Refresher in Pitching from the Pros

October  27,  2011 / By Taylor Blog

Recently, Mari Rella, Jenna Rathke and I attended the PRSA NY Event titled “Game Day – Meet the Sports Media,” which we used as bonding time for our agency-wide mentorship program as well as a networking tool. It was a great opportunity to meet face to face with individuals from major outlets that we pitch on a daily basis. The media panel provided insight into what they look for at their specific outlet and how they really feel about the relationship between media and PR professionals. Below are some takeaways – and good reminders – that we wanted to share.

  • Pitches are not always black and white. Try to serve it up to the reporter in such a way that benefits them and makes it hard to turn away. Uncovering an outside association that customizes a story for an outlet is what writers and producers are always looking for, especially when a spokesperson is doing a media tour.
  • Know and understand the audience of the outlet you are pitching, especially when it comes to local vs. national. For regional radio and TV, this makes all the difference in the world.
  • Write pitches like you learned to write a news story in high school or college using the inverted pyramid: the first paragraph is key and should have all the important details.
  • Always make sure your contact information (including phone number) is in the email so if they want to follow up via phone, it is easy for the reporter to find.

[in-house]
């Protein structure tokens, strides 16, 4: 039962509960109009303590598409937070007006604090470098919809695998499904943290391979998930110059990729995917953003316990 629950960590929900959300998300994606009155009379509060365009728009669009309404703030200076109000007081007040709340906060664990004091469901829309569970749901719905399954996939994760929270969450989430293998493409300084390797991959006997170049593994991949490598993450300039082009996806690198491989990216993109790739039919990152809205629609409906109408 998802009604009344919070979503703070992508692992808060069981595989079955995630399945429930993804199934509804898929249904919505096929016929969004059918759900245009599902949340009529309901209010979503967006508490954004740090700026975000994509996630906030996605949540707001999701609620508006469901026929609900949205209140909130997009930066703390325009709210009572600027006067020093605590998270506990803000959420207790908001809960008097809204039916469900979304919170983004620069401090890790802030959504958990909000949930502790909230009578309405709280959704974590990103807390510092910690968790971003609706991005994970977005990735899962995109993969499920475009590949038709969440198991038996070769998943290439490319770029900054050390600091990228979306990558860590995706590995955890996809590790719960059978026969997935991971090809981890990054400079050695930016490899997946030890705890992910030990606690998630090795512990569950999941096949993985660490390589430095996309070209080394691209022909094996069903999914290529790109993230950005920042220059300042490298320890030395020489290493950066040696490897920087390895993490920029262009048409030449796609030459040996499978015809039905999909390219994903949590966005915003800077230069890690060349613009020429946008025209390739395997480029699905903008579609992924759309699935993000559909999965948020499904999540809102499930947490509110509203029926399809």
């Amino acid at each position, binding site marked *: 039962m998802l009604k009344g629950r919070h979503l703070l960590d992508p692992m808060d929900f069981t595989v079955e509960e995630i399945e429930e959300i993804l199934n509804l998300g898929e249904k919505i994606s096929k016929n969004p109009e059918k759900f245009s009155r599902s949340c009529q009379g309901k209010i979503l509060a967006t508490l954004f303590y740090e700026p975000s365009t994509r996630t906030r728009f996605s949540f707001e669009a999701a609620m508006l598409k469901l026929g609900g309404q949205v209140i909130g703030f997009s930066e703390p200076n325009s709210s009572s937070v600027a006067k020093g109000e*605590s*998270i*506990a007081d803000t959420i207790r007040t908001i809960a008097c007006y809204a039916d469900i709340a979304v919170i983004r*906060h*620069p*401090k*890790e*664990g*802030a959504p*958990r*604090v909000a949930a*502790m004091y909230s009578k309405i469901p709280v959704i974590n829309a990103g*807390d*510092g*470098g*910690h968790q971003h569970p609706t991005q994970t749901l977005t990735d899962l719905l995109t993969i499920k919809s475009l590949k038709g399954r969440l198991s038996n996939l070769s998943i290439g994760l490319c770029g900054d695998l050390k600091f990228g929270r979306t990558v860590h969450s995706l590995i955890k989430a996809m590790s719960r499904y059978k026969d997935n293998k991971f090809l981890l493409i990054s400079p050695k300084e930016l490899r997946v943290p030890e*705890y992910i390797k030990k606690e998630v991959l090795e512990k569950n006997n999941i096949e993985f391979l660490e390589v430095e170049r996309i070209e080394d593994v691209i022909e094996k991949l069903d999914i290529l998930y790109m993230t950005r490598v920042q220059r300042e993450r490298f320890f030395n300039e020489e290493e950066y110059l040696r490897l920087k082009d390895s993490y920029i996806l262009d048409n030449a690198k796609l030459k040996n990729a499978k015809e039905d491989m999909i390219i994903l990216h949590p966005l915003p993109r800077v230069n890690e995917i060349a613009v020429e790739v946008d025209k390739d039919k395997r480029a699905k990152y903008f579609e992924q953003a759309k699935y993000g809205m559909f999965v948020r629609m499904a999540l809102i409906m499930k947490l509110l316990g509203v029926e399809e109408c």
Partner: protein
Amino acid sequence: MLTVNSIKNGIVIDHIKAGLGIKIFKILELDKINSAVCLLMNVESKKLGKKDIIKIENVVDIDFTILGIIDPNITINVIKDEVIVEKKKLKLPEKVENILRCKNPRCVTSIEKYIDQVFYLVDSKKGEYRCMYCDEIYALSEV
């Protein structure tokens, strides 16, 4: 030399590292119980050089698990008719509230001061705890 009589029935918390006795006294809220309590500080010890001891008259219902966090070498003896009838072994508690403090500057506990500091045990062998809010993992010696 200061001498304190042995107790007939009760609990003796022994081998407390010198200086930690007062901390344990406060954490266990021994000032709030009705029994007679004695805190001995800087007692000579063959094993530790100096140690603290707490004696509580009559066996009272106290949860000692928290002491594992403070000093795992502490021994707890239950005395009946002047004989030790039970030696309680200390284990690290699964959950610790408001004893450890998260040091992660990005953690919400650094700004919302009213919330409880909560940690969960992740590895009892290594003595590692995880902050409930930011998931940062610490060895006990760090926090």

• As a rule of thumb, pitch TV outlets a week in advance and give radio and print 2-3 days notice.
  • When following up, be cognizant of reporters’ time. While email follow-up is good, the truth is, after two or three emails with no response, they probably are not interested. If you feel the story is tremendously newsworthy, then a phone call could be appropriate, but nowadays email is the most efficient means. Continue following up as much as you can without losing your credibility.
  • Email pitches should clearly state who/what you have, what they are plugging, and what time and date they are available.
  • Take time to provide different angles to individual media reporters who are all attending the same event.
  • If you have an exclusive, be sure to be completely transparent and clear about what the exclusive is. Will they be the only media outlet there? Will others be on-site?
  • If you invite media to a red carpet event, invite them inside after. They do not need to be wined and dined but after spending hours upon hours outside waiting for the athlete/celebrity, they would greatly appreciate an invite indoors.
  • Though it may not be what we want to hear, attractive females simply work for sports TV shows, nearly every time.
  • Sports media utilize Twitter to gather news and one panelist called it “the wire service at your fingertips.” As PR professionals, we need to take advantage of this tool and use it as a method to be knowledgeable about society and those items which affect our clients.
  • Quick email tips: include summary of details in subject line such as in-studio, date, etc., provide all facts and information to avoid the back and forth, always include PST/EST with timing, and send pitches in the afternoon or evening works to avoid the morning ‘pitch flood gates’.

Along with the tidbits of pitching advice, the panelists spoke about their favorite interview, which varied from Shaquille O’Neal and Dan Marino to William Shatner and Mike Tyson. We heard stories about how being at the right place at the right time is clutch when being a journalist. We also learned that Taylor has a wonderful reputation when it comes to communicating with these outlets and it made us proud to represent our agency in this setting. Keep up the good work everyone!

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